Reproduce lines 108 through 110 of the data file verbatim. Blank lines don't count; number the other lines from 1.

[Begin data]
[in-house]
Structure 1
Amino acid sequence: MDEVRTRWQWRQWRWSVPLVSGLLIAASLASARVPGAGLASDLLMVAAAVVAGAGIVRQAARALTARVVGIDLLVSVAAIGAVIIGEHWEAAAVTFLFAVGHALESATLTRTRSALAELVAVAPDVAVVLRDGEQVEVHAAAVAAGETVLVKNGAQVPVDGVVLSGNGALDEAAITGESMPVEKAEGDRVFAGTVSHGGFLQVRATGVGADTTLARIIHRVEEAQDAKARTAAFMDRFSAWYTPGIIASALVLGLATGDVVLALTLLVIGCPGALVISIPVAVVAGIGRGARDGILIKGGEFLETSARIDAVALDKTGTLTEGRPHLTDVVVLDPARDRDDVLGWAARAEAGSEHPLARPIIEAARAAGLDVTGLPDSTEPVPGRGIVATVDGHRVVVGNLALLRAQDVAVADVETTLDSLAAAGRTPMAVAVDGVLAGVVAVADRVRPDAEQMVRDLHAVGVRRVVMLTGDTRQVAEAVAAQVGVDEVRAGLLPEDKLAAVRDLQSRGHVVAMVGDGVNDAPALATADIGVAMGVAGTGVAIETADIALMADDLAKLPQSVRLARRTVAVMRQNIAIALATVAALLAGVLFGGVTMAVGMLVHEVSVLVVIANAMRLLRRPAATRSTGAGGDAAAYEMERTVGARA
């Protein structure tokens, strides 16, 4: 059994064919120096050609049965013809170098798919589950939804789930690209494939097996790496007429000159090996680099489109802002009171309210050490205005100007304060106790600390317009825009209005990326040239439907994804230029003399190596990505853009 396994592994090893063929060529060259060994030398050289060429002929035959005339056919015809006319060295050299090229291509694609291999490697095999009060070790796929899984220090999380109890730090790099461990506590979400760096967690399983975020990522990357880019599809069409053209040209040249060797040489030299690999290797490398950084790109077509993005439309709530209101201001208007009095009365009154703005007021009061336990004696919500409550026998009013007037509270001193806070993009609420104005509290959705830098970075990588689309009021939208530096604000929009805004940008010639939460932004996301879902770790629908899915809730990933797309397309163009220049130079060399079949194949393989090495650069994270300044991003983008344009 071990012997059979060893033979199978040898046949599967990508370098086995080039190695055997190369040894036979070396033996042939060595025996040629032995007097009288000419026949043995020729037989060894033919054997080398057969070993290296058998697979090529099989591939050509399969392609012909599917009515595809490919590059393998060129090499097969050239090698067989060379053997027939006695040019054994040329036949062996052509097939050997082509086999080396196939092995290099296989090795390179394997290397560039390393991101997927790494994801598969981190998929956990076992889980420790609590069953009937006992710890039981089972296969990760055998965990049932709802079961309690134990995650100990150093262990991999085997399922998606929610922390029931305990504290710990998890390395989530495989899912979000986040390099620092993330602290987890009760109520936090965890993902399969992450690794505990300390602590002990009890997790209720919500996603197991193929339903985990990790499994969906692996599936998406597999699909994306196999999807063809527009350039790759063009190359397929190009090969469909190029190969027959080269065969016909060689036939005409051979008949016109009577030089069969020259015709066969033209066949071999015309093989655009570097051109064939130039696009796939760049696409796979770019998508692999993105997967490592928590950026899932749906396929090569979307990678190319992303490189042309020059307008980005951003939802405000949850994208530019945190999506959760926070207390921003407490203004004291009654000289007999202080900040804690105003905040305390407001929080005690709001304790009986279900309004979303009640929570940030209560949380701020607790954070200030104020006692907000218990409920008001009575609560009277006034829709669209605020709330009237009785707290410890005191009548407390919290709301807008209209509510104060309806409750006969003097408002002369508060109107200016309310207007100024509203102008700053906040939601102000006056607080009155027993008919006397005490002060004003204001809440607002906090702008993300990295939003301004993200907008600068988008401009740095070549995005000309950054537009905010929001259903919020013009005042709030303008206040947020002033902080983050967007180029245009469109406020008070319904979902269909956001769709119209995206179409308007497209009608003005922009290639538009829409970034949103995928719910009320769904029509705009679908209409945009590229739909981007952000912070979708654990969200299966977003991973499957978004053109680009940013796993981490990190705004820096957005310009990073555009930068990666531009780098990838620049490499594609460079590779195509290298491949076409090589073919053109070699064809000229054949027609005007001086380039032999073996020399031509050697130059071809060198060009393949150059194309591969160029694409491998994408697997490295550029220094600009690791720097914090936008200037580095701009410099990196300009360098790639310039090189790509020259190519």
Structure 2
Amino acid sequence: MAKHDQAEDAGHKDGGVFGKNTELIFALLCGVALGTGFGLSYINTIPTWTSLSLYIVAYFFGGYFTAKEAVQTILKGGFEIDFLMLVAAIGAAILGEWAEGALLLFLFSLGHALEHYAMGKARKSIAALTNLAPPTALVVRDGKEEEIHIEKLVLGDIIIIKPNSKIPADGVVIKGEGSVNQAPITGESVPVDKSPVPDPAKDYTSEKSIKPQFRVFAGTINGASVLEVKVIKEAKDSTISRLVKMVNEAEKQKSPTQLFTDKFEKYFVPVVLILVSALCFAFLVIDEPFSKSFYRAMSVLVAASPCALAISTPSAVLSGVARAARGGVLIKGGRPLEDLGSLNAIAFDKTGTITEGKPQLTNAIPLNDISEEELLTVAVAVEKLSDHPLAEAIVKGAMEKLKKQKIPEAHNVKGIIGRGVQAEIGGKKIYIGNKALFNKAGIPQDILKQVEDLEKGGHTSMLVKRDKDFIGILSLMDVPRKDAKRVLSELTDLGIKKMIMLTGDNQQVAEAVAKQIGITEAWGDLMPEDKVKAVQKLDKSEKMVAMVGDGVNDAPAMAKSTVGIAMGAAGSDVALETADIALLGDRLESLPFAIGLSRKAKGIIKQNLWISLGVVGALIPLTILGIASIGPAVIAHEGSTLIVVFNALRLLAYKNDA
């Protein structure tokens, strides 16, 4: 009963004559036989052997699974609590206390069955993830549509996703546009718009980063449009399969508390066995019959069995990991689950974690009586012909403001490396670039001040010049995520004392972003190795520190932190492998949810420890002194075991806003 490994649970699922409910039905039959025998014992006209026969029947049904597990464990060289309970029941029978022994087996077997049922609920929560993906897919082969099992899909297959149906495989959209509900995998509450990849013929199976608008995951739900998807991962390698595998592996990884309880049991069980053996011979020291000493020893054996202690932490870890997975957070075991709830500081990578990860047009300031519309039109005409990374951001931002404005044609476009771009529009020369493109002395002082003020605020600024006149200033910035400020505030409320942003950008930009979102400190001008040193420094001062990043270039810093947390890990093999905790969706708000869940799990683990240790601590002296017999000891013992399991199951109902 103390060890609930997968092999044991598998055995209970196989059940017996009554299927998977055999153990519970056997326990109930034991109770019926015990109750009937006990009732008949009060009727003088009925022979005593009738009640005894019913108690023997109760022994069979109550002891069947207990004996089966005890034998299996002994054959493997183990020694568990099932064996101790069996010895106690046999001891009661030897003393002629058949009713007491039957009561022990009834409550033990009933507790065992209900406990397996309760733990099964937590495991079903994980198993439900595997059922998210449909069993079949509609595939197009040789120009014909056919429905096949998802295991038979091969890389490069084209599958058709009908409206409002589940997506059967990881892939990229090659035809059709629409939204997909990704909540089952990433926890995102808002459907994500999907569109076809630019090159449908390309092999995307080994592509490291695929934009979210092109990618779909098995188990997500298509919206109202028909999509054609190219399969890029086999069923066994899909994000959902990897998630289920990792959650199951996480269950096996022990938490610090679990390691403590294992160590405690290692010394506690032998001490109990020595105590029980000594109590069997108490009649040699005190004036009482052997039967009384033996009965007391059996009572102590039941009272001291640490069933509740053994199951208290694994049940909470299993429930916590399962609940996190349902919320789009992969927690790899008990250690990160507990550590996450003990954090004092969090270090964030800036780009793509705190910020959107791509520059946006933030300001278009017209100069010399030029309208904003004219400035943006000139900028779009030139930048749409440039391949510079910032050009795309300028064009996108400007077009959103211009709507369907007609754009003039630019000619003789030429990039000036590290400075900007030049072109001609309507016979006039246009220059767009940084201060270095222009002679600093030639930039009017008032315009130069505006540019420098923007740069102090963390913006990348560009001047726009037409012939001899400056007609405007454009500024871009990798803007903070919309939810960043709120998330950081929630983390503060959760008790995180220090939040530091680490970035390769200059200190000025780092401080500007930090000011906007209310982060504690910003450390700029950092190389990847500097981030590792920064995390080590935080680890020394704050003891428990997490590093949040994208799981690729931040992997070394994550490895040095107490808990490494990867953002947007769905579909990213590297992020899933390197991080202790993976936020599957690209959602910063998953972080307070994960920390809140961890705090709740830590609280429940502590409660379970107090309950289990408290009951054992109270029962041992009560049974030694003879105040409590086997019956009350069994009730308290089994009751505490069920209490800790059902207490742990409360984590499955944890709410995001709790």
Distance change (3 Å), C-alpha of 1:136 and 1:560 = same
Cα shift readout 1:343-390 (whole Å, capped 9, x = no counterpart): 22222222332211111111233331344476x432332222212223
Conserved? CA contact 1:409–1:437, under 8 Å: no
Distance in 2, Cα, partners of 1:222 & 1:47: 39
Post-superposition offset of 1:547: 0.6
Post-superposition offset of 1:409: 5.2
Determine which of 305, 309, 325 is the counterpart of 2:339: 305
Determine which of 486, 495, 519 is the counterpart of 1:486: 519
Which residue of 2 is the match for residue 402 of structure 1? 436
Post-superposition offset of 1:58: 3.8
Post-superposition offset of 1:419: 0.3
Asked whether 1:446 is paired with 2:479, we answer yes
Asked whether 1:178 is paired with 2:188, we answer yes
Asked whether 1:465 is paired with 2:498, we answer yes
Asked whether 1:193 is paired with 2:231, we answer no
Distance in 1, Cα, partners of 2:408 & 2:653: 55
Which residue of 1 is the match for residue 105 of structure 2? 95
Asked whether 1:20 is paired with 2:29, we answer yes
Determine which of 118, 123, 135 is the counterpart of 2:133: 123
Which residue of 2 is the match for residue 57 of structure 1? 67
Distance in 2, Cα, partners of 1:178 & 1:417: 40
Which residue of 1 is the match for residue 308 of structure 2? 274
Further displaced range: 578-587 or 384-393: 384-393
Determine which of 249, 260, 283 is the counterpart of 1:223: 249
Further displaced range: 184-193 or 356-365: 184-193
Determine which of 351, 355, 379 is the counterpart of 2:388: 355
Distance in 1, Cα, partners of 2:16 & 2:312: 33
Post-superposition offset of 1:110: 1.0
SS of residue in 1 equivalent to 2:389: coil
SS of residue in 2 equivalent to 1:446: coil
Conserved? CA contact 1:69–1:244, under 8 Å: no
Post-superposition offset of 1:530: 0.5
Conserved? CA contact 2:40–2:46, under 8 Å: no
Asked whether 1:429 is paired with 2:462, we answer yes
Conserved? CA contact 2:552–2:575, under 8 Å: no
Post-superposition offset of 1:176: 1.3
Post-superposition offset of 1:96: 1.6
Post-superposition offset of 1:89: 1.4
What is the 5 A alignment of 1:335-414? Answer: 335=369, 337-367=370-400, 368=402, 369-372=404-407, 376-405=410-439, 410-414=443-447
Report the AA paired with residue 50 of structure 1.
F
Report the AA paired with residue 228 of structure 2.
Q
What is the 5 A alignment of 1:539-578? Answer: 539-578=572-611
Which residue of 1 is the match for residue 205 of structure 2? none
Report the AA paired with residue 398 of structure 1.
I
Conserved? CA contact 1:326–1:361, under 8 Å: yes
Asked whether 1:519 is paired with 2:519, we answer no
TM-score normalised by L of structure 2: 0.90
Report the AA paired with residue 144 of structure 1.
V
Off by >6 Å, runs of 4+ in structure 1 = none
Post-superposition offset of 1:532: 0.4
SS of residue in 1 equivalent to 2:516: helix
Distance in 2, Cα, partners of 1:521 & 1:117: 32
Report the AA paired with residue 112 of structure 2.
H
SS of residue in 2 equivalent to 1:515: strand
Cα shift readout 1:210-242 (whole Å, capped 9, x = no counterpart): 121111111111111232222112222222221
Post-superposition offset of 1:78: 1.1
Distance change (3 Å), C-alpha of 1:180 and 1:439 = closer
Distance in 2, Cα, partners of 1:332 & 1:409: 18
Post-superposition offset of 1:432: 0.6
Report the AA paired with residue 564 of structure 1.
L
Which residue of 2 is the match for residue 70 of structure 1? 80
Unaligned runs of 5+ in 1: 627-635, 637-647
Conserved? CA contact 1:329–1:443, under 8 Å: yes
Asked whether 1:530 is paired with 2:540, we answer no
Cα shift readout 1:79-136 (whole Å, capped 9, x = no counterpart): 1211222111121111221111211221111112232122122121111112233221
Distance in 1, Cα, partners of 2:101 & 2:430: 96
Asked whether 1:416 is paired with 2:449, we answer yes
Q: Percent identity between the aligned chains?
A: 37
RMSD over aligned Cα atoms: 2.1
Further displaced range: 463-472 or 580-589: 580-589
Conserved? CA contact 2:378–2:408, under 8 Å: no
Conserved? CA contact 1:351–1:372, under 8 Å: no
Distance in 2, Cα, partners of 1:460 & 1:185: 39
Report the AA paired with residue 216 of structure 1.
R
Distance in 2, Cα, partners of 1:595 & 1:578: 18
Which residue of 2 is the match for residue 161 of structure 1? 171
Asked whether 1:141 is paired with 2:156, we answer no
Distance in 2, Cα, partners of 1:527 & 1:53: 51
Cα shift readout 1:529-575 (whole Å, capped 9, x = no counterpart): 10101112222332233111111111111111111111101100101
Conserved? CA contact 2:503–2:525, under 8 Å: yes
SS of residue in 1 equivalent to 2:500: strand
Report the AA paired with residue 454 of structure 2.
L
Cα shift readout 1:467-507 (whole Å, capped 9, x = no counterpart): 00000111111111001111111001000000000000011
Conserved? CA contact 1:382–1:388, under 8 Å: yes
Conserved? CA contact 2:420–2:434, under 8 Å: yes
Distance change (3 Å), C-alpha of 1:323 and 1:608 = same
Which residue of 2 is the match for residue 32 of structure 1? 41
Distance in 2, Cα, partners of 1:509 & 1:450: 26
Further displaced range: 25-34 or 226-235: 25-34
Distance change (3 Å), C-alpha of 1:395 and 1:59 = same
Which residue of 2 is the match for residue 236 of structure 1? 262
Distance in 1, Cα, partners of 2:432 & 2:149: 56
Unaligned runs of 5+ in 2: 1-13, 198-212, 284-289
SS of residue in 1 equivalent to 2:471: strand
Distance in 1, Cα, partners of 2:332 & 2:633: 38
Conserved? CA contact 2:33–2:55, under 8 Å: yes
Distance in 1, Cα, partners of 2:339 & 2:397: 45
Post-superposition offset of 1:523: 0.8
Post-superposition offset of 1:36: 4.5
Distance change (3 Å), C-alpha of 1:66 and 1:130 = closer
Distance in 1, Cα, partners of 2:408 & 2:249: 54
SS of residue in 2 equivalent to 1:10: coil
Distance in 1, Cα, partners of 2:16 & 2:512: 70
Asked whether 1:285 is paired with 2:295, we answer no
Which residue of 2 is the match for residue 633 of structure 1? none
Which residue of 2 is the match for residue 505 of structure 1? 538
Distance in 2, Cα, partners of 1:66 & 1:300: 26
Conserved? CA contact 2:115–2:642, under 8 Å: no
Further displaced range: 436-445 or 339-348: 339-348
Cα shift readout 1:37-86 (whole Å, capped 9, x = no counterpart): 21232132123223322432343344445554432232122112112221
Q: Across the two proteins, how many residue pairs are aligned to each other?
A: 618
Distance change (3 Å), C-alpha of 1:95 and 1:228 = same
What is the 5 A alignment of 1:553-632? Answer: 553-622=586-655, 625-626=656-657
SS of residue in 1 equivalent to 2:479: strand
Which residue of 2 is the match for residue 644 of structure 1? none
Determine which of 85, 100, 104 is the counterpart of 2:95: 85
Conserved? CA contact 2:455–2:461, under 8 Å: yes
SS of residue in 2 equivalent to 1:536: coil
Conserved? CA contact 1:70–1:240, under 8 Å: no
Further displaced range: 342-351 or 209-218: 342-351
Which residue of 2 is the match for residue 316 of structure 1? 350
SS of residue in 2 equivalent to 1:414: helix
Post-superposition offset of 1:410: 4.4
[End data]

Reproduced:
Distance in 1, Cα, partners of 2:432 & 2:149: 56
Unaligned runs of 5+ in 2: 1-13, 198-212, 284-289
SS of residue in 1 equivalent to 2:471: strand